Chapter 1

 1.1 This cookbook
 1.2 Before you start: computing resources
 1.3 Before you start: Starlink software
 1.4 Options for Reducing your Data

1.1 This cookbook

This cookbook is designed to instruct ACSIS users on the best ways to reduce and visualise their data using Starlink packages.

This guide covers the following:

Style convention
In this cookbook the following styles are followed:

1.2 Before you start: computing resources

Before reducing heterodyne data you should consider whether you have sufficient computing resources for your data. That said, there can only be vague guidelines because resource usage depends on many factors, such as the spatial area and resolution, the number of observations being reduced together, observing and bandwidth modes (see Section 3.3), and the number of subbands. However, the main factor is the volume of data being processed concurrently.

The ORAC-DR [413] pipeline can demand approaching 300 GB of peak storage for the largest (about a degree square) HARP maps, and at least 24 GB of memory during spectral-cube creation. For more-normal-sized maps of individual targets, say 20 square arcminutes from your observations, would only require about 10 GB of storage and most modern computers would have sufficient memory. The storage requirements can more than double if all intermediate files are retained for diagnostic purposes; intermediate files are normally removed at the end of each pass through a recipe. Reducing manually permits you to tidy files as you move along, but is very time consuming.

Reducing RxA data and HARP stares or small jiggle maps is undemanding of resources.

1.3 Before you start: Starlink software

This manual utilises software from the Starlink package; Smurf [5], Kappa [8], Gaia [10], ORAC-DR [4], Convert [6], Ccdpack [11], and Picard [12]. Starlink software must be installed on your system, and Starlink aliases and environment variables must be defined before attempting any ACSIS data reduction. You can download Starlink from the Starlink webpage.

Below is a brief summary of the packages used in this cookbook and how to initialise them. Note that all the example commands are shown within a UNIX shell.






The Sub-Millimetre User Reduction Facility (Smurf) contains makecube that will process raw ACSIS data into spectral cubes.




A general-purpose applications package with commands for processing, visualising, and manipulating NDFs.




CONVERT allows the interchange of data files to and from NDF. Other formats include IRAF, FITS, and ASCII.




CUPID is a package of commands that allows the identification and analysis of clumps of emission within one-, two- or three-dimensional data arrays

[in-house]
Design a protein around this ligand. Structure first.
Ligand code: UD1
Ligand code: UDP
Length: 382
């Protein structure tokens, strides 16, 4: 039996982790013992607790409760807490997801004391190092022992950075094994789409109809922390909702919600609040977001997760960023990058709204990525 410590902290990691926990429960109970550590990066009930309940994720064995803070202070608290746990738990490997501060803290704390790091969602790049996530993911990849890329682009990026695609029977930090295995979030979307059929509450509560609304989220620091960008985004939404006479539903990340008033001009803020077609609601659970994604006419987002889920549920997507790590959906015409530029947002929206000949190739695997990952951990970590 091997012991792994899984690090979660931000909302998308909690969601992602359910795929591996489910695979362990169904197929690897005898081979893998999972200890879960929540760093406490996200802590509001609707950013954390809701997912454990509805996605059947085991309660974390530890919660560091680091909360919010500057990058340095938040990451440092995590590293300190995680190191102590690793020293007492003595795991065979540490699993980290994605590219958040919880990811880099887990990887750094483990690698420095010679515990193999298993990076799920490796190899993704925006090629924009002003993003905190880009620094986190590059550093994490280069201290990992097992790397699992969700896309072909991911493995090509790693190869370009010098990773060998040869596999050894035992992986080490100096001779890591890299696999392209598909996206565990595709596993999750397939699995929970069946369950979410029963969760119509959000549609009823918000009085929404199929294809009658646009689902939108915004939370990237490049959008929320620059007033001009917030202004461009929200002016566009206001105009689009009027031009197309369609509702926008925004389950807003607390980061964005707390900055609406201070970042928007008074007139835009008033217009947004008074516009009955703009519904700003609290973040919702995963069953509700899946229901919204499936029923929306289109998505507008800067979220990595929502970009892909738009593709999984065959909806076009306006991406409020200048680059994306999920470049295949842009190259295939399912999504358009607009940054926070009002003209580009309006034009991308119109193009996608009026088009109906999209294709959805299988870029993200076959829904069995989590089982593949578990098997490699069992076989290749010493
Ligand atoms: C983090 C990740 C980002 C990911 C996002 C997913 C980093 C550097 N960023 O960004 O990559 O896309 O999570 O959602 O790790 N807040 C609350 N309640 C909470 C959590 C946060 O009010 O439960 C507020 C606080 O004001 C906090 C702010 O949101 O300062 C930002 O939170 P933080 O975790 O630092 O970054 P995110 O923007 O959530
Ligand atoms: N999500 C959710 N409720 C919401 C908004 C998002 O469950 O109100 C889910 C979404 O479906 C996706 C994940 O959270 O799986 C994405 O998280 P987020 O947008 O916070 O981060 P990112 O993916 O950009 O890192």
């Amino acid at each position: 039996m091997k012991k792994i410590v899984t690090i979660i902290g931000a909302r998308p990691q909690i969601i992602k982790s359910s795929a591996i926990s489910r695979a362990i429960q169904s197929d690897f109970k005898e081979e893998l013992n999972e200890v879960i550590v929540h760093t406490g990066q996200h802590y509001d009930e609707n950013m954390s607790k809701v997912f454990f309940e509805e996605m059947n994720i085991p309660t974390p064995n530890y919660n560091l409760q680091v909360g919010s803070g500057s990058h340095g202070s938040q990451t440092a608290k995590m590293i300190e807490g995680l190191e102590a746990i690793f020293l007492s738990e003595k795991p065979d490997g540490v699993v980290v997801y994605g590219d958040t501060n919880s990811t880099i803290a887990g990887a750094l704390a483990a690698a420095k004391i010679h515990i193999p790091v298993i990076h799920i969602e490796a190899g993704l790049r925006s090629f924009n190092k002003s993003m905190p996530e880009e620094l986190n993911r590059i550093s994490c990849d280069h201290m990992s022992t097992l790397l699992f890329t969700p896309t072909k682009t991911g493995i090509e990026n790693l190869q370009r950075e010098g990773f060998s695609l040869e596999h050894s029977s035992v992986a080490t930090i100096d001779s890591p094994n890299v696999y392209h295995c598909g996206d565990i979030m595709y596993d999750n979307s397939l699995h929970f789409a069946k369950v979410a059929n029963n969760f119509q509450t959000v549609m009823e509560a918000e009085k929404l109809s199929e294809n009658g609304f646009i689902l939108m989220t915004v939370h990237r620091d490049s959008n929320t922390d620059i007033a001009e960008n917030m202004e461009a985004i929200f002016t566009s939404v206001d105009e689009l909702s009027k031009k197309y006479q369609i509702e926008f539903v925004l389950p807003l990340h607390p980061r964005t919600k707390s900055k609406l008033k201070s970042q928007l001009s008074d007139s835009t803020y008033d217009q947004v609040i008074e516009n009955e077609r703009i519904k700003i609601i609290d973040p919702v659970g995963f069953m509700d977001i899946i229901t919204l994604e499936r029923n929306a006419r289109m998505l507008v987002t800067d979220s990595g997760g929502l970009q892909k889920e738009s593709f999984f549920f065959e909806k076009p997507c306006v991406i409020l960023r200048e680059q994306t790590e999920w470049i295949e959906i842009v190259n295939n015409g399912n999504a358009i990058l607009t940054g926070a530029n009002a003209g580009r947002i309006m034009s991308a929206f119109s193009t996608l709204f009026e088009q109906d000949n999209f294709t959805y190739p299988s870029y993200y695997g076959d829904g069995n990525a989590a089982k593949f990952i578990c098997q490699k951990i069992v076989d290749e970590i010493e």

The ORAC-DR Data Reduction Pipeline [4] is an automated reduction pipeline. Orac-dr uses Smurf and Kappa (along with other Starlink tools) to perform an automated reduction of the raw data following pre-defined recipes.




Picard uses a similar pipeline system as ORAC-DR but for the post-processing of reduced data. While mainly implemented for SCUBA-2 data, there are a few recipes that are heterodyne compatible. See Appendix A for more details and a description of the available recipes.

%picard RECIPE <files >







Gaia is an interactive image and data-cube display and analysis tool. It incorporates tools such as source detection, three-dimensional visualisation, clump visualisation, photometry, and the ability to query and overlay on-line or local catalogues.


SUN/214 SC/17 


This tool lets you examine the contents of Starlink data files.

%hdstrace <file >



Splat is a graphical spectral-analysis tool. It can also interact with the Virtual Observatory.



1.4 Options for Reducing your Data

You have three options for processing your data:

(1) performing each step manually,
(2) write your own scripts, or
(3) running the automated pipeline.

The automated pipeline is recommended for new users of JCMT heterodyne data or those unfamiliar with the Starlink software. The pipeline approach works well if your project is suited to using one of the standard recipes, as are most projects. Running the pipeline is probably essential if you have a lot of data to process. To use the science pipeline, skip straight to Chapter 5.

Performing each step by hand allows more fine-tuned control of certain processing and analysis steps, although some fine-tuning is available in the pipeline via recipe parameters (see Section 6.2).

Once you have determined your optimal parameters you can pass them to the pipeline or a script. Chapter 7 and Chapter 8 discuss the manual approach.

While you have the option of running the pipeline yourself, you can find pipeline reduced files for individual and co-added observations by night in the JCMT Science Archive (JSA).

These have been reduced using the ORAC-DR pipeline with the recipe specified in the MSB or with the Legacy Survey recipe. Principal investigators (PIs) and co-investigators (co-Is) can access these data through the JSA before it becomes public by following the instructions in Section 11.